This Baked Salmon Loaf has been an easy Lenten staple since my mother-in-law served it to us when we were newlyweds.

My Salmon Casserole uses a can of salmon and comes together in a flash. It is not exactly gourmet, but it’s definitely tasty comfort food!

2 slices of salmon loaf on a round white plate with green beans.

Why You Must Make

  • This salmon casserole is made with ingredients that are often in your refrigerator and pantry.
  • I only have a handful of meatless meals for Lent, and this one is super easy to make.
  • If my picky hubby eats it, you know it’s got to be tasty!!
Salmon Loaf Ingredients with labels on a metal sheetpan.

Ingredient Notes

  • Kitchen Staples – Eggs, Milk, Salt
  • Red Salmon – 1 15-ounce can, bones and skin removed. Red salmon is preferred but the process shots below show pink salmon since that was all that was in stock at the grocery store!
  • Soft Bread – I used brioche, cubed

How to Make

Expert Tips

When my youngest, Nick, was about 4, he asked what we were having for dinner. Knowing he was not a fan of salmon loaf, I spelled F-I-S-H-L-O-A-F. My jaw dropped when he shouted, “Fishloaf! I hate fish loaf!” Mind you, I’d never called it fish loaf before nor could he read. I guess he was smarter than I realized!

  • Use the best brand of canned salmon within your budget. I recommend red salmon.
  • Remove the bones (my mom told us they were a good source of calcium, but I knew that wouldn’t fly with my family). I also remove much of the skin, though both are edible.
  • Break apart the salmon into bite-sized pieces.
  • Use any soft sandwich bread. I happened to have brioche in the house, so I used that, but I often go with ordinary white sandwich bread.
  • Make sure to grease your loaf pan for easy serving and cleanup.

two slices of salmon loaf on a white plate with green beans

Frequently Asked Questions

How Do You Make Salmon Loaf?

This salmon loaf is simple. Whisk the eggs, then mix in the butter, salt and milk. Fold in the salmon chunks and bread cubes, pour into a greased baking dish, and bake until puffed and cooked thoroughly.

How Do You Eat Salmon from a Can?

You can treat canned salmon just like canned tuna. Make salmon patties, salmon salad, or use it as a substitute for tuna in a tuna casserole.

What Should You Serve with Salmon Loaf?

Since the salmon tends to be a bit salty, which I love, having a crisp, refreshing green salad, and some roasted vegetables would be delicious side dishes for this salmon loaf.

Can You Eat the Bones and Skin in the Canned Salmon?

Many enjoy the calcium boost from eating the soft salmon bones. Some like to crush them so they’re less obvious. I prefer to remove the bones and large pieces of skin (which are also edible). They’re both safe to eat, but it’s a matter of preference.

Salmon loaf overhead view in a ceramic loaf pan.

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two slices of salmon loaf on a white plate with green beans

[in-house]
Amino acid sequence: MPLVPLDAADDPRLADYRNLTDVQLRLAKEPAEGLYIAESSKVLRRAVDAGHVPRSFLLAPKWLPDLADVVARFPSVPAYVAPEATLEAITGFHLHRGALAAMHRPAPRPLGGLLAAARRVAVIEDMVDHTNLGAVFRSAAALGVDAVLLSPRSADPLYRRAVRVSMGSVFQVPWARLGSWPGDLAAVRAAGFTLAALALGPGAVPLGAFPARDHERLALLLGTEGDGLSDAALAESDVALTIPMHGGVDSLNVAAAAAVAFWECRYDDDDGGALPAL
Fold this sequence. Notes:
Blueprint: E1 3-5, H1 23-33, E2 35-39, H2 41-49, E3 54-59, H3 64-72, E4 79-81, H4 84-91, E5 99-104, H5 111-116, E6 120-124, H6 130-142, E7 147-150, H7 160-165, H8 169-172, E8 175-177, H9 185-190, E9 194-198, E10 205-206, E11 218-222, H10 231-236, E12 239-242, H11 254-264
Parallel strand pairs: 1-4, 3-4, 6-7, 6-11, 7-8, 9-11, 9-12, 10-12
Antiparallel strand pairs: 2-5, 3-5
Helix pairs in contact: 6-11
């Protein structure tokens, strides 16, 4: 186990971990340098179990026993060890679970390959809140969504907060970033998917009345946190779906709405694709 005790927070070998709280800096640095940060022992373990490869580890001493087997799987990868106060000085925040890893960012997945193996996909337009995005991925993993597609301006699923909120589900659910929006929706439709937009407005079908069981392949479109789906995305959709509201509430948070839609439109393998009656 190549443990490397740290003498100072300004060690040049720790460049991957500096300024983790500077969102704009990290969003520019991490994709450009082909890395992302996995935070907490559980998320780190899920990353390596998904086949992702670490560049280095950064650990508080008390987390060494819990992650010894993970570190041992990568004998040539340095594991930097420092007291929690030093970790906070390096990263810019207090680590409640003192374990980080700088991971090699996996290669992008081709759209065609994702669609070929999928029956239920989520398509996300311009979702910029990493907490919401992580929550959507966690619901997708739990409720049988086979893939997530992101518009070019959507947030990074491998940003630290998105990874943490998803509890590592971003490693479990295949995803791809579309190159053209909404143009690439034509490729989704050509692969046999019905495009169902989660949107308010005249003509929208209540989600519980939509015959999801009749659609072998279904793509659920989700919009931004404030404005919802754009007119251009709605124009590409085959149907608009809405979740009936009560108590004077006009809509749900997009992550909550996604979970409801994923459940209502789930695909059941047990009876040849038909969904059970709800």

Baked Salmon Loaf Recipe

Prep Time 5 minutes
Cook Time 1 hour
Total Time 1 hour
Yield 6

An easy salmon recipe that's made with kitchen staples. It's perfect for Fridays in Lent.


  • 2 eggs
  • ¼ cup melted butter
  • 1 ½ cups milk
  • 1 teaspoon salt
  • 1 can (15 ounces) red salmon, bones and skin removed
  • 3 slices of soft bread, cubed


  1. Preheat the oven to 350°. Grease a loaf pan and set aside.
  2. Whisk eggs in a medium bowl.
  3. Mix in melted butter, milk, and salt.
  4. Break apart salmon into bite-sized or slightly larger pieces.
  5. Add bread and salmon to the bowl and gently toss until combined.
  6. Scrape into the loaf pan.
  7. Bake for 45- 60 minutes until puffed and lightly browned.


Removing the bones and skin is optional.

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Nutrition Information:



Serving Size:


Amount Per Serving: Calories: 241Total Fat: 16gSaturated Fat: 7gTrans Fat: 0gUnsaturated Fat: 7gCholesterol: 111mgSodium: 565mgCarbohydrates: 11gFiber: 0gSugar: 4gProtein: 14g occasionally offers nutritional information for recipes contained on this site. This information is provided as a courtesy and is an estimate only. This information comes from online calculators. Although attempts to provide accurate nutritional information, these figures are only estimates. Varying factors such as product types or brands purchased can change the nutritional information in any given recipe. Also, many recipes on recommend toppings, which may or may not be listed as optional and nutritional information for these added toppings is not listed. Other factors may change the nutritional information such as when the salt amount is listed “to taste,” it is not calculated into the recipe as the amount will vary. Also, different online calculators can provide different results. To obtain the most accurate representation of the nutritional information in any given recipe, you should calculate the nutritional information with the actual ingredients used in your recipe. You are solely responsible for ensuring that any nutritional information obtained is accurate.


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